Wednesday, 3 July 2013

Bargains at the Co-op - Part 2!

It's been a few days since my last post, and i was wondering what to write about today. Since visiting the Co-op at the weekend, i've now had the chance to try both the red Brdeaux and white Burgundy i found there, at such a great price as £7! Therefore, i thought i should tell you what i thought of them....

Chateau le Boscq, St Estephe, 2006.

Being a Cru Bourgeois, i thought this had a good chance of being a bit more special than your average claret. Being from St Estephe, maybe more so!? Being from a supermarket though, put doubts in my mind. Having said that, it was still worth a punt. At the time, i didn't have chance to look it up before buying, but thought that at £7 it didn't really matter. I needn't have worried. Reviews from Decanter, Wine-Searcher and Cellartracker all looked good, if anything, suggesting that it's good, but is a keeper!

So having decanted and left for a couple of hours, i ventured in. The colour was a good, deep red, almost purple, but showing a little bottle age around the edge. The nose was that of a lovely, classic claret. There was a presence of rich, plummy dark fruit, baked cherries with a little sweetness. The slight aging showed, with notes of musty, oaky cedar wood and maybe pine cones. In the mouth, the fore-palate was sweet and juicy on the tip of the tongue. Unfortunately, the fruitiness is not at the front of the main palate. There was still baked fruit, jammy damson maybe, but the tannins and acidity presented themselves. The punchy middle led in to a slightly bitter, but not unpleasant finish, that lasted. The balance of acidity, alcohol and tannins, was good, but this wine was more powerful than elegant. I think it's still young. I'm glad i bought a half case, because i can see how it progresses with time. I'm hoping that the balance and structure this wine has will see it through a period of softening, and the fruit flavours will remain, leaving a smooth elegant Bordeaux. We'll just have to wait and see!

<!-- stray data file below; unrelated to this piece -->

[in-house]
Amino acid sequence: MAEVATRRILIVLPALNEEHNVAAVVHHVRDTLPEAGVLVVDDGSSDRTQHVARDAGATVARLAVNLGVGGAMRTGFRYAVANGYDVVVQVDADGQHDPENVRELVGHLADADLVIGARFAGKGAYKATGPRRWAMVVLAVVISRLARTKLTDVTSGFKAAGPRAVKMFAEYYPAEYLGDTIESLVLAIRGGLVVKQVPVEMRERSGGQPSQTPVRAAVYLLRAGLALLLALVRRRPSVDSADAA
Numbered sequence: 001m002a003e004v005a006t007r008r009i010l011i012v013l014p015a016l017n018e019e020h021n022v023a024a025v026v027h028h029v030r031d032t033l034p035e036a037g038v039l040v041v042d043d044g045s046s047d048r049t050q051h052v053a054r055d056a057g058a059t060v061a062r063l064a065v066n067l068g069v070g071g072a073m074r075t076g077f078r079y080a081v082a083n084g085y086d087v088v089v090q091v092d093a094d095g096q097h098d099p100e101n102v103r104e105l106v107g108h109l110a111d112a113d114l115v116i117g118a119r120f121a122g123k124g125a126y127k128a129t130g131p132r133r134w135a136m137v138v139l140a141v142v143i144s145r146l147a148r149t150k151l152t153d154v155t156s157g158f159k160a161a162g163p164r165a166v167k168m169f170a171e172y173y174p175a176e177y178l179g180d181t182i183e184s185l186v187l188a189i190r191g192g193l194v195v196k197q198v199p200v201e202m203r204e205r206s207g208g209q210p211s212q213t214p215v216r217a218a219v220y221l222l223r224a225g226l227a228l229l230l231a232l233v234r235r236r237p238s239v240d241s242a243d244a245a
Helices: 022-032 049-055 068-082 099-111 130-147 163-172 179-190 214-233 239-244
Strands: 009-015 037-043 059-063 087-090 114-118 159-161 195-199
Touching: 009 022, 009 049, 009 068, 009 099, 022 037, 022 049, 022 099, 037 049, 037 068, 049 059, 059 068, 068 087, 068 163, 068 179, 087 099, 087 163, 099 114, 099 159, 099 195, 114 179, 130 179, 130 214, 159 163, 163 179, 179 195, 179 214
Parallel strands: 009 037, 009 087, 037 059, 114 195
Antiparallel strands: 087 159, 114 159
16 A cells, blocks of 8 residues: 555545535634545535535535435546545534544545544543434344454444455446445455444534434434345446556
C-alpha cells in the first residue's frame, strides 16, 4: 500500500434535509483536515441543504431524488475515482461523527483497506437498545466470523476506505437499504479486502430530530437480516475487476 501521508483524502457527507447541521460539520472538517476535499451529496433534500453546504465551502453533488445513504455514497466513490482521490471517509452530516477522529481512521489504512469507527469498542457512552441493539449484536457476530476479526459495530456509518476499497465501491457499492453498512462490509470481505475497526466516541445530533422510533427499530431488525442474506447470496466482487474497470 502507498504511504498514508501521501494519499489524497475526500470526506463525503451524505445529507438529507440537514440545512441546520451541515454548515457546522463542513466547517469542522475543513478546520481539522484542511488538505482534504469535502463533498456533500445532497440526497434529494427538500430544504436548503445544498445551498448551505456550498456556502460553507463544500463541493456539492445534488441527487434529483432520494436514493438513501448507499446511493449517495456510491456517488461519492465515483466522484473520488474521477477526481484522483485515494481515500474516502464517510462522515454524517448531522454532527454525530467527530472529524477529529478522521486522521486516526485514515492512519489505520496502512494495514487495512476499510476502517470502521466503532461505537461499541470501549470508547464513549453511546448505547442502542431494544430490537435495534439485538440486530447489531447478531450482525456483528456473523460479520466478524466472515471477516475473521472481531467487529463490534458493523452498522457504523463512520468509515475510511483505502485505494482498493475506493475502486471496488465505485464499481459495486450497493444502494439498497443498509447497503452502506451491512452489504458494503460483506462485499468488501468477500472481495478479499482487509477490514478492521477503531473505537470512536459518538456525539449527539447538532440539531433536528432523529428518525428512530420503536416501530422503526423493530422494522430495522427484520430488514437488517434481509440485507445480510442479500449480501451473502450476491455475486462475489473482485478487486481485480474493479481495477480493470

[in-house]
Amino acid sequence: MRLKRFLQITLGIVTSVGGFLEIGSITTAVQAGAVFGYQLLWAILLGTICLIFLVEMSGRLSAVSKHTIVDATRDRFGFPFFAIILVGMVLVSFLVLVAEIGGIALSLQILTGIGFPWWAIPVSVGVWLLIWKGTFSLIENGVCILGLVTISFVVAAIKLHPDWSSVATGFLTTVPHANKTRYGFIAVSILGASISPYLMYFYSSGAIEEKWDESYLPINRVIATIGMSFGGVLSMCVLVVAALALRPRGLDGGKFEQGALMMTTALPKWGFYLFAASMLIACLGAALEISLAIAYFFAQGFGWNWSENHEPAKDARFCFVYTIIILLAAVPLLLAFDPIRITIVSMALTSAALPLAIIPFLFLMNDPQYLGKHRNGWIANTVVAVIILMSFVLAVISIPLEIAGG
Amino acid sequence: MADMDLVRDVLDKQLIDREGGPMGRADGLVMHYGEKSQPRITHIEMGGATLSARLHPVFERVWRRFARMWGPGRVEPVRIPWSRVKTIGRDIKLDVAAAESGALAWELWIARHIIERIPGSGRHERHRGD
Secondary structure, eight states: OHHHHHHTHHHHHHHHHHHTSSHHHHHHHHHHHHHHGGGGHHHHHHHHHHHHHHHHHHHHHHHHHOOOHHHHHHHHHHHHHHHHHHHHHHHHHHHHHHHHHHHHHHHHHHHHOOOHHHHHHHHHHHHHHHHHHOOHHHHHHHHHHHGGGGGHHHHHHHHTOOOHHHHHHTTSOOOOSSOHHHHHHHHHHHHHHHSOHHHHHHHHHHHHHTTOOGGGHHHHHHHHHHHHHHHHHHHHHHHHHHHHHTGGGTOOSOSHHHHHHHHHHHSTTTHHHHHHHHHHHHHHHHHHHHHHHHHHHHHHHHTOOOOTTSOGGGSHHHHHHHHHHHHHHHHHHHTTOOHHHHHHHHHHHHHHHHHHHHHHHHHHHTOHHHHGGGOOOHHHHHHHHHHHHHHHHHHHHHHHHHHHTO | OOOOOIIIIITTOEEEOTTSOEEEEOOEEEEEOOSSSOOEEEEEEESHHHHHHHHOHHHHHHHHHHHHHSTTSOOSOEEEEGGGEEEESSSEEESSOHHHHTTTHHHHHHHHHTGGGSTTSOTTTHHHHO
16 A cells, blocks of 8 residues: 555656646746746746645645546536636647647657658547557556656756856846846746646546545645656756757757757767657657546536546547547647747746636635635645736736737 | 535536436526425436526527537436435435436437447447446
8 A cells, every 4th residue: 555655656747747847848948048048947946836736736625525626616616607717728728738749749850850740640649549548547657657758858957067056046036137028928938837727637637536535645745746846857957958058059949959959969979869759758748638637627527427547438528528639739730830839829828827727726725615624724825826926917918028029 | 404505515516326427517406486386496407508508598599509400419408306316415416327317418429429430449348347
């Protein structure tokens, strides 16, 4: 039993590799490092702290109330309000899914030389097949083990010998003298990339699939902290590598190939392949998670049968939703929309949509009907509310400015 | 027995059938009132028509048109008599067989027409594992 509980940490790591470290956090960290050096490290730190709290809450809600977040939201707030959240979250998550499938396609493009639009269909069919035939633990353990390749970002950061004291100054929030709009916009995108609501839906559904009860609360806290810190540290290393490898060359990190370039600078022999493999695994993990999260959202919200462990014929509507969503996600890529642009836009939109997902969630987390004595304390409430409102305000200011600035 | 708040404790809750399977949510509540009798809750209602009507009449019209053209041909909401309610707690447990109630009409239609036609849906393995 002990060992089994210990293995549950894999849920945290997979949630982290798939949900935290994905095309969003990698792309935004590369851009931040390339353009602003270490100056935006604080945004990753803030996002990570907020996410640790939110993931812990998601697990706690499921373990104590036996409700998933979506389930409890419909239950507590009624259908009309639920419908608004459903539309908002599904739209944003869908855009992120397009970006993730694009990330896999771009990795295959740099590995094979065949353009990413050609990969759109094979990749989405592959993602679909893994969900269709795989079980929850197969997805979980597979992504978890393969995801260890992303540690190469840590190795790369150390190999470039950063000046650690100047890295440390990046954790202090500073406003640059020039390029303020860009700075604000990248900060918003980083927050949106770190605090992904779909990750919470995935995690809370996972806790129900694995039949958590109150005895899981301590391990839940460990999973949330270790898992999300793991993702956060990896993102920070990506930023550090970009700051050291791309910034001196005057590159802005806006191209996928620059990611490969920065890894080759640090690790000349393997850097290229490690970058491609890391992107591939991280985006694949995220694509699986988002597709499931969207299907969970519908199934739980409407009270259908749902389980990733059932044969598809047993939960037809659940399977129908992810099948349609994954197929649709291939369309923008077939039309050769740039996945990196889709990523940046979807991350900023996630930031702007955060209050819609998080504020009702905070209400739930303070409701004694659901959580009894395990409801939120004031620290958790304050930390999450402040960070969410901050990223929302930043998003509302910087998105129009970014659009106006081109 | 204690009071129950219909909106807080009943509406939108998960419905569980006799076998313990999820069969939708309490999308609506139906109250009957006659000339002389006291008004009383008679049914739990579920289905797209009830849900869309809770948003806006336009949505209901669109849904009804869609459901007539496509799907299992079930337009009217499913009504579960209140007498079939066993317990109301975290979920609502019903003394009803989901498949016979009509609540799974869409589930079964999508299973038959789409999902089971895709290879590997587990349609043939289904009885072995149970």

Domaine Jean Monnier et Fils,  Puligny-Montrachet, 2009.

I know relatively little about burgundy whites, other than the odd Chablis. As such i try to have an open mind. I know i prefer unoaked chardonnay, as one finds in Chablis. Can you tell I've been there by now? Anyway, again for £7, this Cotes du Beaune was well worth a punt.

I first tried this straight out of the fridge. It was definately too cold and had a really witheld nose. The palate was also flat, but still very smooth. I tried a second glass after 30 minutes, and a little warmer this time. The nose was there now, it had opened up a bit. It was still not overly pungent, but had light woody and earthy notes, like leafy grass. There was little citrus, and mainly tarter fruit like gooseberry, and maybe fleshy stone fruit. On the palate next, was a small amount of acidity, not really refreshing, but lingering. There was a rounded fleshiness to it and a small presence of oak. A complex mixture of flavours that were hard to identify, included, i think, again gooseberry and unripe nectarine. There was a slight minerality to it and an overall syrupy texture that wasn't unpleasant. The finish was really long and very smooth. Good balance, actually, might have been this wine's downfall, with nothing really standing out. That said, this was still a very good wine. If i'd paid £20-£30 for this i think i'd be a bit dissappointed, but having paid a lot less, i'm really pleased.

The moral of the story seems to be: Keep a regular eye on all your local wine outlets, you never know what you might find!

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